• What is Ferc’s consultation role within the research and development on hydrogen being done by the Department of Energy, especially as it pertains to pipeline and storage infrastructure?
  • Does Ferc’s experience regulating natural gas pipelines provide analogous expertise for regulating new hydrogen pipelines?
  • To what extent has technical analysis been done to determine which existing natural gas pipelines could be retrofitted to transport hydrogen at different blends?
  • To what extent would future transportation of hydrogen be a factor in the environmental review of an interstate natural gas pipeline permit application?
  • What steps does Ferc need to take to determine the potential capacity of existing pipeline customers to handle different blends of hydrogen?

Glick has not yet responded to these questions. However, Ferc is already actively considering its regulatory oversight in respect of pipeline infrastructure, particularly in the context of siting authority.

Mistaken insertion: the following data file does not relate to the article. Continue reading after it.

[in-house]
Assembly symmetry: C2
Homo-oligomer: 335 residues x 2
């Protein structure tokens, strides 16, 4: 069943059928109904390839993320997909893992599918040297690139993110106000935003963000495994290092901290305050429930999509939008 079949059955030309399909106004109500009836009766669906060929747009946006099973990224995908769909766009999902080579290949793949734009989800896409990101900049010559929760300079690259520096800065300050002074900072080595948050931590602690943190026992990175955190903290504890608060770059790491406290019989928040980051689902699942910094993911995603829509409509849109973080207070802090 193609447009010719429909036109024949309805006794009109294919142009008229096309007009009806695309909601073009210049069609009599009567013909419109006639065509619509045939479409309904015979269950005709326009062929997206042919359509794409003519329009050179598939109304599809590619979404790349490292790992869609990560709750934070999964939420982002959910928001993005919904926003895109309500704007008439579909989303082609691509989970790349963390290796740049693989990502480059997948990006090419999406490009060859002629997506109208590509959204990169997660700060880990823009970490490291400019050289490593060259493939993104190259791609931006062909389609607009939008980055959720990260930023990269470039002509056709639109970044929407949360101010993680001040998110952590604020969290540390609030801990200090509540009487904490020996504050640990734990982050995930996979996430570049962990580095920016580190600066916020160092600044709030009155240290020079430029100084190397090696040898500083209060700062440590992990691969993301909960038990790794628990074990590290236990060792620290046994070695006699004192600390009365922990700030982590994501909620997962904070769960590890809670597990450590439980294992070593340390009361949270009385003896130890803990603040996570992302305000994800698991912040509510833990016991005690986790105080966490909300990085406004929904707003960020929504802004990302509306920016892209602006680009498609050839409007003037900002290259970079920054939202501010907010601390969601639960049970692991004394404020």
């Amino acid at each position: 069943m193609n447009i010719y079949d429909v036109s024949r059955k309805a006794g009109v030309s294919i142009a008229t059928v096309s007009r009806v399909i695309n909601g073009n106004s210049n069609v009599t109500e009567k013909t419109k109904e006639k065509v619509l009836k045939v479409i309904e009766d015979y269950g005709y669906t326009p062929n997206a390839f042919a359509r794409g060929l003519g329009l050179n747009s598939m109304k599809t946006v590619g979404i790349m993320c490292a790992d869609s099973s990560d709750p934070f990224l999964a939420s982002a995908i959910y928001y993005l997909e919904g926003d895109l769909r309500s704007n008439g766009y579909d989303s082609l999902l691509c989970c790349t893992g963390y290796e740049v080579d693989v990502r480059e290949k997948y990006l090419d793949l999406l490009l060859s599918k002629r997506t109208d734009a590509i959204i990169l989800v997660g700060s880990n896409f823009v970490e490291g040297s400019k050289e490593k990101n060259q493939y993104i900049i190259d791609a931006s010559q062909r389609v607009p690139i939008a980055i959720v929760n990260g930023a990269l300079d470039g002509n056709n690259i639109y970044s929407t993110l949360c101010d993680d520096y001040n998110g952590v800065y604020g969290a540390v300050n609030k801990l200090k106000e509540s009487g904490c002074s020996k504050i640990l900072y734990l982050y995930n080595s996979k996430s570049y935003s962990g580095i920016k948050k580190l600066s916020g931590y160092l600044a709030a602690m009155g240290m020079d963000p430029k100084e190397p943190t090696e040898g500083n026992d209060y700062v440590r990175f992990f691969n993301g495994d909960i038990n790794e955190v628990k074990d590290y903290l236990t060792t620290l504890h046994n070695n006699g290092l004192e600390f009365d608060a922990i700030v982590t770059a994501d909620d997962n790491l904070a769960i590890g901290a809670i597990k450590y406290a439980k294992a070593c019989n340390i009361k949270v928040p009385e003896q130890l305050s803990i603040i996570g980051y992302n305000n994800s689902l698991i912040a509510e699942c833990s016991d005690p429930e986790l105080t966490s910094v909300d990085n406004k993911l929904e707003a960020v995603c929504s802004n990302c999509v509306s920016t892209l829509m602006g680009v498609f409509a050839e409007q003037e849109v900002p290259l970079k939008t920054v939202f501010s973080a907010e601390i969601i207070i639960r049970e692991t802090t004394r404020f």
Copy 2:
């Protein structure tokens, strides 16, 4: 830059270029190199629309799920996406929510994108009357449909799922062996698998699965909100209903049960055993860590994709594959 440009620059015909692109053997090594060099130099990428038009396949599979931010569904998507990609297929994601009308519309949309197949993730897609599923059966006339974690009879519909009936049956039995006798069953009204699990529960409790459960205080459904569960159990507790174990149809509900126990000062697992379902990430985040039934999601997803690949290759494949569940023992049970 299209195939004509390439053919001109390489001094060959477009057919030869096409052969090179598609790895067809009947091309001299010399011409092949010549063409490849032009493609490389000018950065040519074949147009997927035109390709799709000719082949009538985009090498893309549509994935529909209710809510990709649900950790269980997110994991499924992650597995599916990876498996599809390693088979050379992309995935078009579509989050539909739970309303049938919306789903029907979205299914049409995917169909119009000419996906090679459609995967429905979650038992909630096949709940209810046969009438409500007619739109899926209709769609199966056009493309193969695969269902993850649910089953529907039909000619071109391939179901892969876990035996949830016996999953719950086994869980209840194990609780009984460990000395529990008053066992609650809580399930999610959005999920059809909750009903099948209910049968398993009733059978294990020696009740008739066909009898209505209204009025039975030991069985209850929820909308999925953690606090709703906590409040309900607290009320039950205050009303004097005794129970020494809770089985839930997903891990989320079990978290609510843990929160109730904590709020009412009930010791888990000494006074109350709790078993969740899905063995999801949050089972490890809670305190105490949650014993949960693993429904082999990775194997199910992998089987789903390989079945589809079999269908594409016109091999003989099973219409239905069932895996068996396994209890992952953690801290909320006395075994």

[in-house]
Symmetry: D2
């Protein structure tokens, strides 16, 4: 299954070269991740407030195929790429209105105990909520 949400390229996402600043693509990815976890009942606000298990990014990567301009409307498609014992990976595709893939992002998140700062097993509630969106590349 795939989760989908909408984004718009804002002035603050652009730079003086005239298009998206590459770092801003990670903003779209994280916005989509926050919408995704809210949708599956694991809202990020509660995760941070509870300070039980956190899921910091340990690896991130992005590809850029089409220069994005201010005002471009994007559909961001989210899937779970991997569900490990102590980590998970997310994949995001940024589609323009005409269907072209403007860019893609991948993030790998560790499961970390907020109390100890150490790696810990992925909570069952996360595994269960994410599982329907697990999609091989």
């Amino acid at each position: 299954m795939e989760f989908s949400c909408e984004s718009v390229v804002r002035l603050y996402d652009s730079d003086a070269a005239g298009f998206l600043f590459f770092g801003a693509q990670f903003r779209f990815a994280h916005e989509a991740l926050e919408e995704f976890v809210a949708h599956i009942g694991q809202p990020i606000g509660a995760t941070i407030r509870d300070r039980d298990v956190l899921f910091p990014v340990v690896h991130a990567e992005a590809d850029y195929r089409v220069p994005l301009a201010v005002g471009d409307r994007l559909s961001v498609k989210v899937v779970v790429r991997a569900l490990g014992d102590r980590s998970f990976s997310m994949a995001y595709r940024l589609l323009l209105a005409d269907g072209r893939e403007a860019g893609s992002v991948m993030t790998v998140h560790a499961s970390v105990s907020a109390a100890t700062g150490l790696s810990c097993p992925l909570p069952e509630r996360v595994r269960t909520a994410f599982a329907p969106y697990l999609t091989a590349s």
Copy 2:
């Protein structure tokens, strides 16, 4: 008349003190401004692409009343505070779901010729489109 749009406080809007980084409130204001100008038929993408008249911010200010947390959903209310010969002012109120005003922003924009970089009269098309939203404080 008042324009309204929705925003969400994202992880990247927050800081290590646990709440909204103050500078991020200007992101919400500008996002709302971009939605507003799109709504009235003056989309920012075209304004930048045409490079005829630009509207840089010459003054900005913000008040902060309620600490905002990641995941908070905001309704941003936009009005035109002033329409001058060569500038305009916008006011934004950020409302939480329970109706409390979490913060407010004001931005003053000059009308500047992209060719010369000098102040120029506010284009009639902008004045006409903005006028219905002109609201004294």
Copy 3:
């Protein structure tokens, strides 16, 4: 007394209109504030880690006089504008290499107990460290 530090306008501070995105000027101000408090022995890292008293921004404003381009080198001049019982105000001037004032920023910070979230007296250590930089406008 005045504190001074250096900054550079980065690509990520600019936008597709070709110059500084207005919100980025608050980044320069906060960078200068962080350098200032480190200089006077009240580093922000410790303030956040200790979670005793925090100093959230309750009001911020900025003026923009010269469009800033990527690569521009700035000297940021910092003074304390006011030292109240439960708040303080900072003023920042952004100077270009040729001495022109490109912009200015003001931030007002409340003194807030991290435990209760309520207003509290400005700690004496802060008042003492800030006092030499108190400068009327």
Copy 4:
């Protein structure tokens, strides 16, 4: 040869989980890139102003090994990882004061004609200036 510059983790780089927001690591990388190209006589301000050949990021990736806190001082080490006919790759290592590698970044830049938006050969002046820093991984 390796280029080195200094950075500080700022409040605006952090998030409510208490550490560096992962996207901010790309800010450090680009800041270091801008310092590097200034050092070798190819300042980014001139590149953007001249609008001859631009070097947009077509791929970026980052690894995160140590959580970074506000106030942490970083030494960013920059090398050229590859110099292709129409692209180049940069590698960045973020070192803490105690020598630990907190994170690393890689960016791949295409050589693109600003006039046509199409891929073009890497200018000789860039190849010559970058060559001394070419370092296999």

1,608 miles – US hydrogen pipeline network

PHMSA is also considering its oversight role in the context of increased transportation of hydrogen by pipeline. On 21 October, the administration issued a notice of a virtual public meeting, to be held on 30 November, to discuss “research gaps and challenges in pipeline safety and emerging fuels, including hydrogen transportation”. The meeting will include “panel discussions in a general session between government, industry, research consortiums, and environmental advocacy stakeholders on emerging fuels and pipeline safety R&D”. This action by the PHMSA is another example of a regulatory body preparing for the possibility of the transportation of greater volumes of hydrogen.

Expect further examinations of the statutory and regulatory framework for the production and transportation of hydrogen as the industry continues to develop. Ferc’s responses to Senator Heinrich’s inquiry and the results of PHMSA’s public meeting could elicit additional legislative and regulatory action to help foster the development of a safe, efficient low-carbon hydrogen industry.